The paradox is we have this left of centre party behaving like investment bankers and doing everything conceivable to preserve an obfuscation — the notion that the banks are viable entities, but they are not. The government should have secured 100% ownership, then it could have done whatever it wanted, but we have this pretence that they are a going concern — that’s why we have this debate over bonuses.
Brough: I disagree with Hugh; I don’t think all banks are bust. In the next three years, on analysts forecast the new Lloyds (which I own) is going to generate a total of £50 billion of pre-provision profits; that means it can absorb a lot of write-offs.
Dent: There was a solution in Japan — it took quite a long time, it took 10 years to repay the debt, but there are still banks in Japan. Nationalisation is one option, but I am not convinced it is the only option.
Hendry: Japan just shows you how tough it is going to be — bonds in Japan have made you 7% a year over the bear market, but every time equities rose investors sold bonds and bought shares and allocated away from what would have made money.
Dent: During the bear market in Japan, there have been companies you would have made a lot of money on — Nintendo, Toyota and Kao Corporation. They are the big global companies and I would similarly recommend big UK blue chips now.
KC: So where should ordinary investors put their money?
Hendry: I am not a buyer of gold just now — I want to buy it at lower levels. The rest of my portfolio I would split between the US, Japanese and European government bonds. The rest might just be cash, with some in yen because no-one else is buying.
Dent: But what about Mr and Mrs Jones, retired of Edinburgh, who have lost money on RBS and HBOS shares. They have £50,000 in cash, what are they going to do now? They are getting 1%.
Hendry: What I would do is lend to the UK government — buy 18-year gilts and get the 4%, and I think I will be 40% up in the next 12 to 18 months.
Dent: Because you think we are heading for serious deflation? If you’re wrong and inflation and interest rates head up again, there is a big risk to your capital. I like the idea of having a portfolio of decent dividend-paying cash-rich companies.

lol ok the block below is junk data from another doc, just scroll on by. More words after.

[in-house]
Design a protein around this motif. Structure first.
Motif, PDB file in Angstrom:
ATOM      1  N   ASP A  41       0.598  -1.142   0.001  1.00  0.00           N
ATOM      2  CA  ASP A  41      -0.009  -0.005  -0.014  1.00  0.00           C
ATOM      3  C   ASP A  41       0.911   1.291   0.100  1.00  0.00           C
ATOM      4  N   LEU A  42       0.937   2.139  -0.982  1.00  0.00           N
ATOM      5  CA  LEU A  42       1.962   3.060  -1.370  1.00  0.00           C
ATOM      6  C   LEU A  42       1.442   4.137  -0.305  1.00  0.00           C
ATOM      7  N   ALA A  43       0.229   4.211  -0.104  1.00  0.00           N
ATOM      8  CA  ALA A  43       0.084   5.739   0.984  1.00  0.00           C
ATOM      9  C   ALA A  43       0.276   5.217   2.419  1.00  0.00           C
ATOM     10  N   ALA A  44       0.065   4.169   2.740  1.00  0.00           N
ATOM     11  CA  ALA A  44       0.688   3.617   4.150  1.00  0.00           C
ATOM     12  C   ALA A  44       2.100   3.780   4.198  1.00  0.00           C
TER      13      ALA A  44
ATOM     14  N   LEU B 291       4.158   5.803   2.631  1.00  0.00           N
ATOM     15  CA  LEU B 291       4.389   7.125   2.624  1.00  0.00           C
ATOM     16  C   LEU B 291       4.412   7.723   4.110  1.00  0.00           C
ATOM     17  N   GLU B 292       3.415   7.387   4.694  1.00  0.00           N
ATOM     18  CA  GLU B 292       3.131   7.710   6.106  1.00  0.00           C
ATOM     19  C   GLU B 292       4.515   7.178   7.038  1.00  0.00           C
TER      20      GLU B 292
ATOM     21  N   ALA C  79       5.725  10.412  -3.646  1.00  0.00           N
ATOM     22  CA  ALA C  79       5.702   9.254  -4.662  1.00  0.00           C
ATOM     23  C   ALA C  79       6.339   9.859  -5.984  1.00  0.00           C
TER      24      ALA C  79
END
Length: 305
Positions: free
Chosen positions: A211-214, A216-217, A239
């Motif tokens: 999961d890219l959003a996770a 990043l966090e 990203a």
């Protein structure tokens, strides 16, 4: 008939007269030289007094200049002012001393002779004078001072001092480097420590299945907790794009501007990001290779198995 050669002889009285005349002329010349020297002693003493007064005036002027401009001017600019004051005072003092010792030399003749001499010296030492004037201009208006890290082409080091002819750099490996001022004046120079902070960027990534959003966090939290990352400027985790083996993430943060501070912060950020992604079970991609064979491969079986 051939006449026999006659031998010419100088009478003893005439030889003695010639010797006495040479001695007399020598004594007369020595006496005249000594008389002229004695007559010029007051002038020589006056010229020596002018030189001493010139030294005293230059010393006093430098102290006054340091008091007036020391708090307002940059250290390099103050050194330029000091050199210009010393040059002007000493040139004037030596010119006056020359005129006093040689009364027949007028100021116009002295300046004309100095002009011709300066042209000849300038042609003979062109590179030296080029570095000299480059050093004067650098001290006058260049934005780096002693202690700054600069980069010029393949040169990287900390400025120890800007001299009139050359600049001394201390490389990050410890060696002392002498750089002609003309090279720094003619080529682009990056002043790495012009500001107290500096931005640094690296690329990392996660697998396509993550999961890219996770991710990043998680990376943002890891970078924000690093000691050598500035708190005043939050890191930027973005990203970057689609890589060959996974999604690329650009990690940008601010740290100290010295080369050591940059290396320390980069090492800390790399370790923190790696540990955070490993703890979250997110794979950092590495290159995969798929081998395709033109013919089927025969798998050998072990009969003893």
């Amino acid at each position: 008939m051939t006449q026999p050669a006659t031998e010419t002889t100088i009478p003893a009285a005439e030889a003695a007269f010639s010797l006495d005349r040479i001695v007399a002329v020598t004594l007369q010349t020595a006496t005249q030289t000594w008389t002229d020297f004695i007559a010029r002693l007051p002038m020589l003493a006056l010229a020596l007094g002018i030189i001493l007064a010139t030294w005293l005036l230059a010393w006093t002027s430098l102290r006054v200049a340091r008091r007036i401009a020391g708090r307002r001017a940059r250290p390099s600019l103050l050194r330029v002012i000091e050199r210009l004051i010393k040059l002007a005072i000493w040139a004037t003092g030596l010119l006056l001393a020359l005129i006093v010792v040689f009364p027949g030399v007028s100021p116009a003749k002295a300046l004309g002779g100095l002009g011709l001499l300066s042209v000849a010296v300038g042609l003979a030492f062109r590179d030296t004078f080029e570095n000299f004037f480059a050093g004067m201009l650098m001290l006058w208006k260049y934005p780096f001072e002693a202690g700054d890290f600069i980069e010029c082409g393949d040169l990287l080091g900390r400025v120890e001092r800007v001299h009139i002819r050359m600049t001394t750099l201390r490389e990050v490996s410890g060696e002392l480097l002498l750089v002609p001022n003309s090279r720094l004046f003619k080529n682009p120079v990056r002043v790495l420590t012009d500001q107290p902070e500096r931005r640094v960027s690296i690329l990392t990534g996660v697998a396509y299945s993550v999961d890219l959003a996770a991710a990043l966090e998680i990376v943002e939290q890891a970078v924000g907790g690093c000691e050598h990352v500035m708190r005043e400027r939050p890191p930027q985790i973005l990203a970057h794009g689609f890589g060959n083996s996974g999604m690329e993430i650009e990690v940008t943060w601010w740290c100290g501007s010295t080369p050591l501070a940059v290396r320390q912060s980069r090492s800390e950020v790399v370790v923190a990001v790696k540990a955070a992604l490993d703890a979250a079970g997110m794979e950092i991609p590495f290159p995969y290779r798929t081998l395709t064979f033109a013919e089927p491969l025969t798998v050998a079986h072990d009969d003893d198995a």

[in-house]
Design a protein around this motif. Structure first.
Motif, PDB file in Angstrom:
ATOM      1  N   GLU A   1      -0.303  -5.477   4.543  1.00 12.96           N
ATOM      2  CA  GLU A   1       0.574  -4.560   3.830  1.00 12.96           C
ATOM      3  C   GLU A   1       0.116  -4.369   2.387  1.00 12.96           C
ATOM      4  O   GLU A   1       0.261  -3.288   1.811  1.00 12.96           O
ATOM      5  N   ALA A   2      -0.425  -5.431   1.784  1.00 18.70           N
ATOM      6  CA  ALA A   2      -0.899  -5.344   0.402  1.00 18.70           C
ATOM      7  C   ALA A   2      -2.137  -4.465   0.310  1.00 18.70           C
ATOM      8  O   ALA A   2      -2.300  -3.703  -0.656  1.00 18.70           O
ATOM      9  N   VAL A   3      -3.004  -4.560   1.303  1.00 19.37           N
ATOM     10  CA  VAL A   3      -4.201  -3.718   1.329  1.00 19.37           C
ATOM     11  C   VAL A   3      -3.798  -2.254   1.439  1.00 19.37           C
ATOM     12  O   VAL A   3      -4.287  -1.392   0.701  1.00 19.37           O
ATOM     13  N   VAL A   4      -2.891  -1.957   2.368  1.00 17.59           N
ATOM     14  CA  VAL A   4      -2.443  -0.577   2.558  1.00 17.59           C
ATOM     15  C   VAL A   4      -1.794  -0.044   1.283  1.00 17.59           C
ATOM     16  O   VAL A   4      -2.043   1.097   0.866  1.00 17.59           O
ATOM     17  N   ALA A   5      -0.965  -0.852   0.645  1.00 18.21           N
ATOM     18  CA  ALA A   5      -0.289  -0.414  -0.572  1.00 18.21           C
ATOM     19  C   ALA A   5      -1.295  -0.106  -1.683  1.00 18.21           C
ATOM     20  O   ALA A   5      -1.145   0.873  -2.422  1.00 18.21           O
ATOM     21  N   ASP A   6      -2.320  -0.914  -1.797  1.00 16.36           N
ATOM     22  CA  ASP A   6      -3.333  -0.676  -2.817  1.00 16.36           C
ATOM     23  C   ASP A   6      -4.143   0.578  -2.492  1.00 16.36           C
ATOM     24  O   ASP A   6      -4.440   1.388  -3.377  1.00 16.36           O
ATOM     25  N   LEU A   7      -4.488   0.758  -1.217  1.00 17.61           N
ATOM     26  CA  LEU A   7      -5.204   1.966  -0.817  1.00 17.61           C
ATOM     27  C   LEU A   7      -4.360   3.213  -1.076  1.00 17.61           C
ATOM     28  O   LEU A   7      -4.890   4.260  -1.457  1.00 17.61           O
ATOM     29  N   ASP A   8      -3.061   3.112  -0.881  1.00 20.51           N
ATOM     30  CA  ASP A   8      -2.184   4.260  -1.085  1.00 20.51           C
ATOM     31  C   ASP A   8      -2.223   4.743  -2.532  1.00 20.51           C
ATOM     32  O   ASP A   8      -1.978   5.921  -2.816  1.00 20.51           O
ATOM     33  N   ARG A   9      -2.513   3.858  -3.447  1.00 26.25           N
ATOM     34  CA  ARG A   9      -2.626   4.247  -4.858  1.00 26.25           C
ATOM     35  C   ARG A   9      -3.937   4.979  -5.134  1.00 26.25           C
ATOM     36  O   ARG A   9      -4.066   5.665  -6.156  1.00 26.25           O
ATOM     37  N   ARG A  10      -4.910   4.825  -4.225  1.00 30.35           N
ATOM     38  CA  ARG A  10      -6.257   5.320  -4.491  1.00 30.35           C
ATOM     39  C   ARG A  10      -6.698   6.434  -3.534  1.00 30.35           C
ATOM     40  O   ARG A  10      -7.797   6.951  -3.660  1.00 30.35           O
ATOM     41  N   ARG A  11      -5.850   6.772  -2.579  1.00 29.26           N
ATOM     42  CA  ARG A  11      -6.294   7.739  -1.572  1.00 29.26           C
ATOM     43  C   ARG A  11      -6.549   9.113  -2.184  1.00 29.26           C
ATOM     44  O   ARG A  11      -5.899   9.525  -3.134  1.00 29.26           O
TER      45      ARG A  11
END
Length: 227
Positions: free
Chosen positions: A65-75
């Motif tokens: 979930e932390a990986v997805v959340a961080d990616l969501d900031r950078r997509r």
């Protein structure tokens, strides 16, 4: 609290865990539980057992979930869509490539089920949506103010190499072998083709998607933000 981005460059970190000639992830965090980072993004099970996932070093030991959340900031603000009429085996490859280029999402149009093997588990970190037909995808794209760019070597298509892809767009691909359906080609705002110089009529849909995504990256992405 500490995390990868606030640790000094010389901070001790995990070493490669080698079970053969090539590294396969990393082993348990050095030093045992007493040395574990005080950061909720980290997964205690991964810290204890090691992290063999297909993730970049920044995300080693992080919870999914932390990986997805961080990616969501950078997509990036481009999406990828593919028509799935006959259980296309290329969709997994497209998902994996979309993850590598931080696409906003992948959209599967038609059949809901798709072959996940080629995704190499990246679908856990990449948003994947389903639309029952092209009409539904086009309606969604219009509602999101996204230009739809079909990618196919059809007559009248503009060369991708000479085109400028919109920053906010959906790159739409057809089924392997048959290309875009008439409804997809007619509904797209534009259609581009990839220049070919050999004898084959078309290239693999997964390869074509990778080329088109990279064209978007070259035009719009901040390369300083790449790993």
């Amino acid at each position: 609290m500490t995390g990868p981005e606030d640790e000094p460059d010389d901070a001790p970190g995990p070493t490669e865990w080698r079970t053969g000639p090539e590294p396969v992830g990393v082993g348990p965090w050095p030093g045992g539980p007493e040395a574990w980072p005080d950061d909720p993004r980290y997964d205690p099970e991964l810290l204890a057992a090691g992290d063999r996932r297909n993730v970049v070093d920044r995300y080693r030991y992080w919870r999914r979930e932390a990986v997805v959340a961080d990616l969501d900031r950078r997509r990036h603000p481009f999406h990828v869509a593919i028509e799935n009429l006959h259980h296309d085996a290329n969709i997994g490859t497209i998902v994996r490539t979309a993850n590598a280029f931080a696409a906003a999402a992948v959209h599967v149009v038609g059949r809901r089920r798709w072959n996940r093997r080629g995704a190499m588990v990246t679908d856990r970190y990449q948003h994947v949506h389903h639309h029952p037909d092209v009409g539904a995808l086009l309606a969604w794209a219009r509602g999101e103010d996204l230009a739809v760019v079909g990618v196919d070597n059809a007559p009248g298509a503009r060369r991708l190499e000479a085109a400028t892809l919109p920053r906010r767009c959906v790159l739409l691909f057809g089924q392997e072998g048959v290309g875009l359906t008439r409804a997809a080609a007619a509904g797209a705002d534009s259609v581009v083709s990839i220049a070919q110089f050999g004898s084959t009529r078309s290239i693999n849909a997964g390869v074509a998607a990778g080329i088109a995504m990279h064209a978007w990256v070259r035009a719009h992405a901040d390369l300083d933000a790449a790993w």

The likes of Glaxo Smith Kline, Vodafone and BP are yielding 4.7%, 5.7% and 6.4% respectively and I see them remaining strong. But buy blue chips on a bad day.
KC: And what about for the optimists out there. What would you buy if you want out and out growth rather than income?
Dent: I am big supporter of what is going on in China in the long term.
Hendry: You were there in Japan — tell me China doesn’t seem the same.
Dent: Japan is a developed economy, whereas China is in the early stages of an industrial revolution. Central control is key at this stage.
Hendry: The two big shocks this year in terms of expectation — in other words, my two big shorts — are going to be China and (president Barack) Obama. About 40% of the Chinese economy is exports. They are having an industrial revolution like the Victorians — and the Victorians had booms and busts because of the volatility of the cost of building factories. In booms it grows 40%; but with boom comes bust. Then you get Obama coming in and the policy response is remarkably aggressive against the Chinese.
Wintle: There are indeed very high expectations, but I think the bull case for Obama is a very strong one. Compared with Bush, it really is a 180-degree turn in terms of him being more collaborative.
My favourite sector at the moment is healthcare, where many businesses are still showing earnings growth. This is especially attractive now as earnings stability, let alone growth, is hard to find in today’s market.
Our favourite sub-sector in healthcare is biotechnology, which has been remarkably defensive over the past 12 to 18 months.